What is the best structure to set up in India, a corporation or a liaison office?
The main distinction is that a liaison office is constrained in terms of function. It cannot transact directly, so customers in India would not be able to purchase products through this office but would have to do so through the parent office. The types of services it can provide would be constrained as well. It’s complex; you need to look at how you want to operate in India and then decide which structure works best with what you want to do.
“You want to look at your market in a holistic way and see India as an opportunity to scale across multiple provinces or states. For example, if you’re selling telco technology or services, you’ve got five operators in five different regions you can sell to.”
The majority of Indians earn low incomes. How can Canadian companies build a profitable business in this market?
In the Indian market, the average product or service price per user is significantly lower than in Canada. For example, for telecommunications services the average price in Canada is $40 to $60 per person per month, whereas in India it’s somewhere in the $5 range. You need to understand your product’s applicability to the market, your competitive advantage and if your pricing model is viable.
How can Canadian companies best position themselves for growth here?
You want to look at your market in a holistic way and see India as an opportunity to scale across multiple provinces or states. For example, if you’re selling telco technology or services, you’ve got five operators in five different regions you can sell to. Also, recognize that India is a great location from which to segue into other markets, including Malaysia, Singapore, Hong Kong, Vietnam, Indonesia, the Philippines and the United Arab Emirates.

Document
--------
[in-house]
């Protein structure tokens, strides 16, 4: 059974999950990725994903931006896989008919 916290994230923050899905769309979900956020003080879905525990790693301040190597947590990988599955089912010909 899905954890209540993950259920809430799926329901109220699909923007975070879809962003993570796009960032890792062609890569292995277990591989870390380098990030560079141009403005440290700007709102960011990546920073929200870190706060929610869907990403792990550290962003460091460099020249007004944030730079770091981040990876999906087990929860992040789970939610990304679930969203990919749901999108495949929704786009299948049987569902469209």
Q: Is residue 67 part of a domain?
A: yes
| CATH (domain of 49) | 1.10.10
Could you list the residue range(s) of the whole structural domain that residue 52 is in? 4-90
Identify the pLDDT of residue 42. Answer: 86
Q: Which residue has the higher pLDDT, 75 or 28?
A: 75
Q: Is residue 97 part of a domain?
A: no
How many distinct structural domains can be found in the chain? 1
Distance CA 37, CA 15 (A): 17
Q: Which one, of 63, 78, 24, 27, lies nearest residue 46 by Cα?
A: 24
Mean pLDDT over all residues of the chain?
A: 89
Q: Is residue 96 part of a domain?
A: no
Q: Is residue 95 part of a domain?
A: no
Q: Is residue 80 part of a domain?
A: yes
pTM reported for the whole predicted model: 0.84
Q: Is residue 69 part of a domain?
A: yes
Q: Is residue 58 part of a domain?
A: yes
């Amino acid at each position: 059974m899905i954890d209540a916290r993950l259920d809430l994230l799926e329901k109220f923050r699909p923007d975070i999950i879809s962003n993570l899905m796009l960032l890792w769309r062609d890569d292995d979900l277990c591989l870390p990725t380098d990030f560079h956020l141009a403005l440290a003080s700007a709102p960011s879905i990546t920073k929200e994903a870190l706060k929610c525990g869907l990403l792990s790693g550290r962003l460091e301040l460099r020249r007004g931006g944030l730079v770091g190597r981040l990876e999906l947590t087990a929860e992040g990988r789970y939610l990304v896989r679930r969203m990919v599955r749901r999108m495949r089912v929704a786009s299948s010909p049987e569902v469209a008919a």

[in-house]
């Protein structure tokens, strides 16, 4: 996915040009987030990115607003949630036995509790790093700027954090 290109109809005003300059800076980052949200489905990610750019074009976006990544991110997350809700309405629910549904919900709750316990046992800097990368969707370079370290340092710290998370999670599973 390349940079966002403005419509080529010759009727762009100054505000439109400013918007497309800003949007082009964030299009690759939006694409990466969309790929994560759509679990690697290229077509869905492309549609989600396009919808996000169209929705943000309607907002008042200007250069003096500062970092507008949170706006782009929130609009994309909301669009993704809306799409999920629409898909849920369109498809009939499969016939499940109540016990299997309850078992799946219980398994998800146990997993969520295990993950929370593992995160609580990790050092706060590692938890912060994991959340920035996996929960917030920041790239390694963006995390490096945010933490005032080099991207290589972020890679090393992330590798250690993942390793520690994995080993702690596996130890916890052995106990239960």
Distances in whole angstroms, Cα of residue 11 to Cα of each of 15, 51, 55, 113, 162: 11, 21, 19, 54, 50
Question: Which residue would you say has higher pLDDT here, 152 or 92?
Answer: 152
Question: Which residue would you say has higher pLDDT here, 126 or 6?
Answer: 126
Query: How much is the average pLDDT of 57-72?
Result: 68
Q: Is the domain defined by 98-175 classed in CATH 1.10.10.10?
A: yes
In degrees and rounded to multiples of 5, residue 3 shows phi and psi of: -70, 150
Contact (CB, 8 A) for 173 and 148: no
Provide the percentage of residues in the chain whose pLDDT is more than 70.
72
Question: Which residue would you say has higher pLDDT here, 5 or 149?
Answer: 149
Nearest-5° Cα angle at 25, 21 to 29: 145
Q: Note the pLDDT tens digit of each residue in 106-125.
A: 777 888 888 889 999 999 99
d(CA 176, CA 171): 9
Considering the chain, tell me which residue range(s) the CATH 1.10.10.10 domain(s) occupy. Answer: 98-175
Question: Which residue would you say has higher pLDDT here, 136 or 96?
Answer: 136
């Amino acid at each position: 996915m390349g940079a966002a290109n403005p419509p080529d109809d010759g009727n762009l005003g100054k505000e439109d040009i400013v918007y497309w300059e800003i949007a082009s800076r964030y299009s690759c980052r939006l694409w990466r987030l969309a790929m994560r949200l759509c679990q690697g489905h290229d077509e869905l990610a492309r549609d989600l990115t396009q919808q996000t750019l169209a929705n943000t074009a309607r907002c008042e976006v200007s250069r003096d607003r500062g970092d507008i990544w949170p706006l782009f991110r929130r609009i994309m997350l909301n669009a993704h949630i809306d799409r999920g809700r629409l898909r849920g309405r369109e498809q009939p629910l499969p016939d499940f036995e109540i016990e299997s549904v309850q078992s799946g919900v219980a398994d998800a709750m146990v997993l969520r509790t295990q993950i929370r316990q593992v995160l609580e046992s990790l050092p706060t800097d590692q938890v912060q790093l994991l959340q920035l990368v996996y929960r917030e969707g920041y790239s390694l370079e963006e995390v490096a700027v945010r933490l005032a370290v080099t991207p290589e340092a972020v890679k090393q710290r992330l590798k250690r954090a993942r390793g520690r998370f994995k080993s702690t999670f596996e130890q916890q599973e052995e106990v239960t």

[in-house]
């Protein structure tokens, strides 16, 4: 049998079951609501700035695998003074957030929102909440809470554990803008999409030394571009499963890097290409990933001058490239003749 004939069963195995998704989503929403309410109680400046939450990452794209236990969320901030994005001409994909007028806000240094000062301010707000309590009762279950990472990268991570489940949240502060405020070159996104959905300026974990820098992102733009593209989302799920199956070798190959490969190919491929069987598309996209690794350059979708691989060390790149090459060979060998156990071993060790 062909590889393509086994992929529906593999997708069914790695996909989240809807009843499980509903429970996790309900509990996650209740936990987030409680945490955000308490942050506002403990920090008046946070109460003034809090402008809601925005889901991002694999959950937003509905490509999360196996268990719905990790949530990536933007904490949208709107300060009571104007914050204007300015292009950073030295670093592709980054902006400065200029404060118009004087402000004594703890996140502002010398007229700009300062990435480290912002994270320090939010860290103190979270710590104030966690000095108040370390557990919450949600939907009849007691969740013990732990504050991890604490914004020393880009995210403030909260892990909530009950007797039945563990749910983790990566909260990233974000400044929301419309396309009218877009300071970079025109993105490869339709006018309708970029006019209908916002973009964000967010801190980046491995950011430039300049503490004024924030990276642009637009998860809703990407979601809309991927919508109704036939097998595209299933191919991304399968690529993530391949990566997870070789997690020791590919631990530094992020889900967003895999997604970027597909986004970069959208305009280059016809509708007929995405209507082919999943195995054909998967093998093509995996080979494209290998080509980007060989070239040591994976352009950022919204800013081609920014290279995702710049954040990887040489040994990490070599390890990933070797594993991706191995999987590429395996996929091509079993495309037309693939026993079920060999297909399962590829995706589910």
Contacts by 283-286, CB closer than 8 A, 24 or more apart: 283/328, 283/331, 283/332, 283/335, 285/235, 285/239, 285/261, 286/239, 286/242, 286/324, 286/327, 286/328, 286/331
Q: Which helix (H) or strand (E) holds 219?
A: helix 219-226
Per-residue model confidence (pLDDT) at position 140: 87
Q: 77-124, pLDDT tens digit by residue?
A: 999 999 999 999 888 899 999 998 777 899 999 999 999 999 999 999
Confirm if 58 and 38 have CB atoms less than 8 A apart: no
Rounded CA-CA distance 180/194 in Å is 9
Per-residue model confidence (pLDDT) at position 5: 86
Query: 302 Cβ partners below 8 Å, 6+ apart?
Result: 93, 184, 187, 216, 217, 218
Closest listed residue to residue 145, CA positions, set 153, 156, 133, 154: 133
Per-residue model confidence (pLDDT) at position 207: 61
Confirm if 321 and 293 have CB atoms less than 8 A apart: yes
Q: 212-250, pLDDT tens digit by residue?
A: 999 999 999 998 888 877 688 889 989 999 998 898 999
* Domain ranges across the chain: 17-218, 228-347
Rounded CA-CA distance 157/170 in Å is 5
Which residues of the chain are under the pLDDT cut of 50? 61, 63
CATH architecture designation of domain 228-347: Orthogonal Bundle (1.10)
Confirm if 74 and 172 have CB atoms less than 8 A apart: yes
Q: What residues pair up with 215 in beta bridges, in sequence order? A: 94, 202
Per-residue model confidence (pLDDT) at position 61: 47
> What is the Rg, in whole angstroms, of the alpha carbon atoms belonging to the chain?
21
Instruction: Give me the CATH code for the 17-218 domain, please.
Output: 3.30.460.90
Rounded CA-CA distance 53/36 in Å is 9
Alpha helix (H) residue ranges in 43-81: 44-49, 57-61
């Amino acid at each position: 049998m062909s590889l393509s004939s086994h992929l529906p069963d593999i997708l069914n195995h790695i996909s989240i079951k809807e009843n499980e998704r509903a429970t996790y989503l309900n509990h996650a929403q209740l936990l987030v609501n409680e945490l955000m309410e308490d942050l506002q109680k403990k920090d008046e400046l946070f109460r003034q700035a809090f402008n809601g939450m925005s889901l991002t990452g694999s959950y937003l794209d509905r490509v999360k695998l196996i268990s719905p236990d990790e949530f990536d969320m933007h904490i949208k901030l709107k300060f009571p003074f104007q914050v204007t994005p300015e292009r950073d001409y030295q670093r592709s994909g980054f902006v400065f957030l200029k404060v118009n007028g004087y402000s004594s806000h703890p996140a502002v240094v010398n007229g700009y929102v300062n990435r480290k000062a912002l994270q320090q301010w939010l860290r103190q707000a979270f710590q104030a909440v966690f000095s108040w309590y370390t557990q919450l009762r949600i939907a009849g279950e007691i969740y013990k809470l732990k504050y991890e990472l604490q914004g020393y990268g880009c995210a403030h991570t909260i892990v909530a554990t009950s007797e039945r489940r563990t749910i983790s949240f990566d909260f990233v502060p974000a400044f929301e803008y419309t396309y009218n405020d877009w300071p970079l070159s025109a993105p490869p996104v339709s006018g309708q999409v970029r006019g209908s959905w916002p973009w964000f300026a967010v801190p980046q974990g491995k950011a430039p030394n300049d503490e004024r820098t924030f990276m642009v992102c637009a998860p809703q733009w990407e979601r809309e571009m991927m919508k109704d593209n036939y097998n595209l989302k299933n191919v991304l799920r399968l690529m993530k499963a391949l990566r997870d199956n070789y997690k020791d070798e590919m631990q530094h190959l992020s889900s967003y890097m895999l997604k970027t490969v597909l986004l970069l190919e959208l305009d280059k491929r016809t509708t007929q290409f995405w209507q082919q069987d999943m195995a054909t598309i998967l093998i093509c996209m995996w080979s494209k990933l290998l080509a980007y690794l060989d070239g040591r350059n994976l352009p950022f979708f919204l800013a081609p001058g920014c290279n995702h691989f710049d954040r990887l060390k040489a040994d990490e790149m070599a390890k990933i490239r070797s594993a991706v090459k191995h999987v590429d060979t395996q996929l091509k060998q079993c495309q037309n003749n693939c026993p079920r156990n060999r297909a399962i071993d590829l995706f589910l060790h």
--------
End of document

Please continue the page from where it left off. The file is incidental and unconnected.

Any emerging trends in India that Canadian exporters should know about?
Among Indian companies, there’s a progressive move towards acquiring the best technology and growing it. Their interest may be more than doing a tie-up, they’re possibly considering acquiring your company, or entering into a partnership or joint venture. So keep an open mind and remember that the Indian market presents more than selling opportunities; in some cases your products can be embedded into Indian products.
“It is certainly possible to conduct business in India without paying bribes. One approach we would recommend is to make it clear that you are simply not going to make any such payments. Thus, as long as you are willing to do the right thing and wait, you can conduct business and succeed in India.”
How is corruption manifested in India’s business world?
Corruption can seem like an everyday occurrence in India, and may be experienced at a variety of levels. As a businessperson working in India, one often has to deal with multiple layers of government and bureaucracy for typical business activities, whether it’s getting goods into the country, across state borders or even something as ordinary as obtaining an official receipt. People often appear to expect some sort of payment when doing business, and can often be very open about it.
Given how rampant corruption can be in India, is it possible to do business there without paying bribes?